Brexit and the financial services sector

The EU’s recent refusal to incorporate a section for financial services into the post-Brexit trade deal has created significant uncertainty throughout the industry. While this uncertainty creates difficulties in terms of planning for Brexit, many institutions are simply planning against a ‘no deal’ baseline.

What does this mean for the financial services sector?
The omission of financial services from any Brexit deal is likely to impact UK based banks and other financial institutions by restricting the business they can conduct across the EU. This has led many to consider whether they need to relocate in whole or in part to other EU countries to maintain their current business relationship with European based clients. Of course, all such institutions have varied corporate structures and geographical footprints so it isn’t as simple as saying, all financial institutions with a UK presence will definitely be negatively impacted and have to move wholesale, however, it seems that most will need to implement some kind of post-Brexit contingency plan.

We have seen some examples of this already. Barclays recently announced that it was planning to divide its Euro Rates trading team, moving some of the unit that trades Eurozone Government Bonds and Interest Rate Swaps from its London office a new location yet to be decided.

Reuters also recently reported that Brexit could lead to 5,000 finance jobs transferring out of Britain by March 2019. Although, as reported by Reuters, it should be noted that the predicted number of jobs leaving Britain has been reduced downwards, in some cases significantly. For example, Deutsche Bank originally examined moving 4000 staff out of London, but for the time being at least, only plan to move 200 according to the Reuters survey.

We have also seen a few examples of foreign jurisdiction based financial services institutions relocating part of their businesses to the UK to allow them access to the UK market post-Brexit. Although there are only limited examples of this that we have seen.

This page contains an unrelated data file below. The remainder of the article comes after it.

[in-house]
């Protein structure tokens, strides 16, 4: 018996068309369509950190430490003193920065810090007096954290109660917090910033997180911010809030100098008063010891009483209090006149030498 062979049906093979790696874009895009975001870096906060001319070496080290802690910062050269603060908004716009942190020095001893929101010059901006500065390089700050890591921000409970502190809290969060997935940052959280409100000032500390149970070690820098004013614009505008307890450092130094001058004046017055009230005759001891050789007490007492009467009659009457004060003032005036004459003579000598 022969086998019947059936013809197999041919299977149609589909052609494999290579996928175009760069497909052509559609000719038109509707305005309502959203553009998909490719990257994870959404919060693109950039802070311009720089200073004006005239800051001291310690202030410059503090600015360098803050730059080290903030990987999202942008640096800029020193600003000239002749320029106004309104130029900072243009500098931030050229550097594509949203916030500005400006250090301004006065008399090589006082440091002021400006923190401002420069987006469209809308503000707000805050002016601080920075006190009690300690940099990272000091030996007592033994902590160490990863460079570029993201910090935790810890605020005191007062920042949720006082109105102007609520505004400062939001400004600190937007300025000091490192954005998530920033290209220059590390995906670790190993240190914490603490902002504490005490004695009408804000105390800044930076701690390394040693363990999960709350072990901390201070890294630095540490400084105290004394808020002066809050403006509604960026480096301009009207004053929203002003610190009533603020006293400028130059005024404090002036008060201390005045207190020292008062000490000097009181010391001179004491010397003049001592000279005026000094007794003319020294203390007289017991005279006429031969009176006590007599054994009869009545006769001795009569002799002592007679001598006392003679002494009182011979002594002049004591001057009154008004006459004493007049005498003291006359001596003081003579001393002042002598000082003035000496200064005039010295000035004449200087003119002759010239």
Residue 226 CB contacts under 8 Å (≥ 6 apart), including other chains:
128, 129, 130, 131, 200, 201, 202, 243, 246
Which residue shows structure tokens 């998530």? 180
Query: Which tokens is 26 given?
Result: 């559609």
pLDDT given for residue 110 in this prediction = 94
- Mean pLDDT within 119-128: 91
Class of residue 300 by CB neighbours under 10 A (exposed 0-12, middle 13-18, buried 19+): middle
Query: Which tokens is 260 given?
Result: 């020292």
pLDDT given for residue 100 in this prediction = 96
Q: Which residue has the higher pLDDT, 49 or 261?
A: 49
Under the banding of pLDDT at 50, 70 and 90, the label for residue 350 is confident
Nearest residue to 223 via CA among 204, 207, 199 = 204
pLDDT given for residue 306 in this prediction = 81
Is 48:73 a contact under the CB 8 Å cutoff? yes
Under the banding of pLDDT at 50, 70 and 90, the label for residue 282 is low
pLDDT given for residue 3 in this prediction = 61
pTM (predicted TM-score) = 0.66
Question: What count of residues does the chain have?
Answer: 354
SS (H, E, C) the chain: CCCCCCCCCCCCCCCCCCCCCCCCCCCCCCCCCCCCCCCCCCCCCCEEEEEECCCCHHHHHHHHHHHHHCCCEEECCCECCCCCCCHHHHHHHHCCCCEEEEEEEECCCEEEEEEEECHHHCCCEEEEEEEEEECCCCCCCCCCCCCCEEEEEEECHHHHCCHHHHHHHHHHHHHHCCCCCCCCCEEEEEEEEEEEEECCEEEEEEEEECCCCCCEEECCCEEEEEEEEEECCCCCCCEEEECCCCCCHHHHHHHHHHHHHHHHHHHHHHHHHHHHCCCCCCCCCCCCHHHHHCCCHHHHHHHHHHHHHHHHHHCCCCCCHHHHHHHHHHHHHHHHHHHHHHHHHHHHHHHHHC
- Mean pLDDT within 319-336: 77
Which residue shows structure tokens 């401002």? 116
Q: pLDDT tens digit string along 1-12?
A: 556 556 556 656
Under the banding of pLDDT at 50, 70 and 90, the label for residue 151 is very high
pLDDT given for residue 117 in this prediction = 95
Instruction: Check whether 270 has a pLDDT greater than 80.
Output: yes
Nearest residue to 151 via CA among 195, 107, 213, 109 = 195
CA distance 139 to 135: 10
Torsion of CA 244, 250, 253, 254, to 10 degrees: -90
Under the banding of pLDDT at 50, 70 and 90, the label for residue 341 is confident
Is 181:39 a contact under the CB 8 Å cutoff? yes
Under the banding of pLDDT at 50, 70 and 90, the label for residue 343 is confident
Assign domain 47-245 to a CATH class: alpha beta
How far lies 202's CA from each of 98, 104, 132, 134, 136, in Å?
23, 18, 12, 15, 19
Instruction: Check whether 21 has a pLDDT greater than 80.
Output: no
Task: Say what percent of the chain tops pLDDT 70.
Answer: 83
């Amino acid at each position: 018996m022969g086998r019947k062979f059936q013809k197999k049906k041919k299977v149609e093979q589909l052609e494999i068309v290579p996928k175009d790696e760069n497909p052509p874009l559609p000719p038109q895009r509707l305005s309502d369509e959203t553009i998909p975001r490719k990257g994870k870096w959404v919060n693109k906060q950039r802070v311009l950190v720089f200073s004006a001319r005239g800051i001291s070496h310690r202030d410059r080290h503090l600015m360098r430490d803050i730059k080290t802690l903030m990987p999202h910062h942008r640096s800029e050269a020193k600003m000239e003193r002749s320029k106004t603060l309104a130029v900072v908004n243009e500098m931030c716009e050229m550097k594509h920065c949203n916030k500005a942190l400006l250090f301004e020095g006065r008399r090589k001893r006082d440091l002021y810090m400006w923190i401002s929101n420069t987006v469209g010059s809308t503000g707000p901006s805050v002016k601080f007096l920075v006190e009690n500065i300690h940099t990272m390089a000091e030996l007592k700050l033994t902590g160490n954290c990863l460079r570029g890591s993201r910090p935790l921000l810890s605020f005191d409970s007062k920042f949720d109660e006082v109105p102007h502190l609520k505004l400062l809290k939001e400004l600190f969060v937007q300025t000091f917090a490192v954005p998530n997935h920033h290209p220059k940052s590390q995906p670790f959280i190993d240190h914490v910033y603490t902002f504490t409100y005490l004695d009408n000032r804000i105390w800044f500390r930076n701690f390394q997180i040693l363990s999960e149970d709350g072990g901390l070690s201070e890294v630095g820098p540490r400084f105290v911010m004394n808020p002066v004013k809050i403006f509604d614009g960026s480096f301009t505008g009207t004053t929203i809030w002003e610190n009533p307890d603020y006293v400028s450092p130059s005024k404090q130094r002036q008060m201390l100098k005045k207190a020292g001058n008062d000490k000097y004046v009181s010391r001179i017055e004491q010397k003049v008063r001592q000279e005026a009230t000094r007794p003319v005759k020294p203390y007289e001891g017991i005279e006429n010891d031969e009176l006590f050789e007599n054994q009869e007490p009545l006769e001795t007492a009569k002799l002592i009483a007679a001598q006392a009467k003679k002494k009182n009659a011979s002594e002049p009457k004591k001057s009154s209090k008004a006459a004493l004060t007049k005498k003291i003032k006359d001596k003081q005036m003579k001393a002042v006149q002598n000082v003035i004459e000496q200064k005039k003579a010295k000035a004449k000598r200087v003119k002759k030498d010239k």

A recent survey by Lloyds Bank revealed that 88 per cent of global financial services bosses believe that London will retain its position as the go-to centre for financial services post-Brexit, despite concerns. However, the survey also revealed that Brexit remains the biggest single risk on the horizon for the bosses, with more than half the firms surveyed saying it was a significant concern.

Catherine McGuinness, policy chair at the City of London Corporation, said the research showed that continued uncertainty over future plans “highlights the urgent need to secure an agreement on future trade arrangements based on mutual market access.”
Despite the optimistic noises being made by the Brexit negotiators as to the deal that may be ultimately reached, the reality is that until there is a firm deal on the table, our financial services institutions are left unable to make definitive plans.

What does it mean for lawyers?
The impact of Brexit is likely to permeate all practice areas and not just financial services. The only certainly we have is that significant change is coming and as an industry we need to do what we can to support ourselves and our clients over the coming years.
For those about to enter the profession / newly-qualified lawyers, they will be working in a Brexit impacted area whatever it may be for several years to come. The challenge faced is to mitigate the impact of Brexit and make a success of it for clients. Many situations will be unique and probably not anticipated so there won’t necessarily be a precedent to use or standard practice to follow. Problem solving and creative thinking will be key skills to tackle challenges presented to their clients.
It will be interesting to see how the next few months play out in terms of negotiations. At this stage, there appears to be quite a lot of posturing. Whether this position over the deal will change down the line and whether concessions will be made on both sides remains to be seen and will be keenly watched out for.

Henry Burkitt is a lawyer for Vario at Pinsent Masons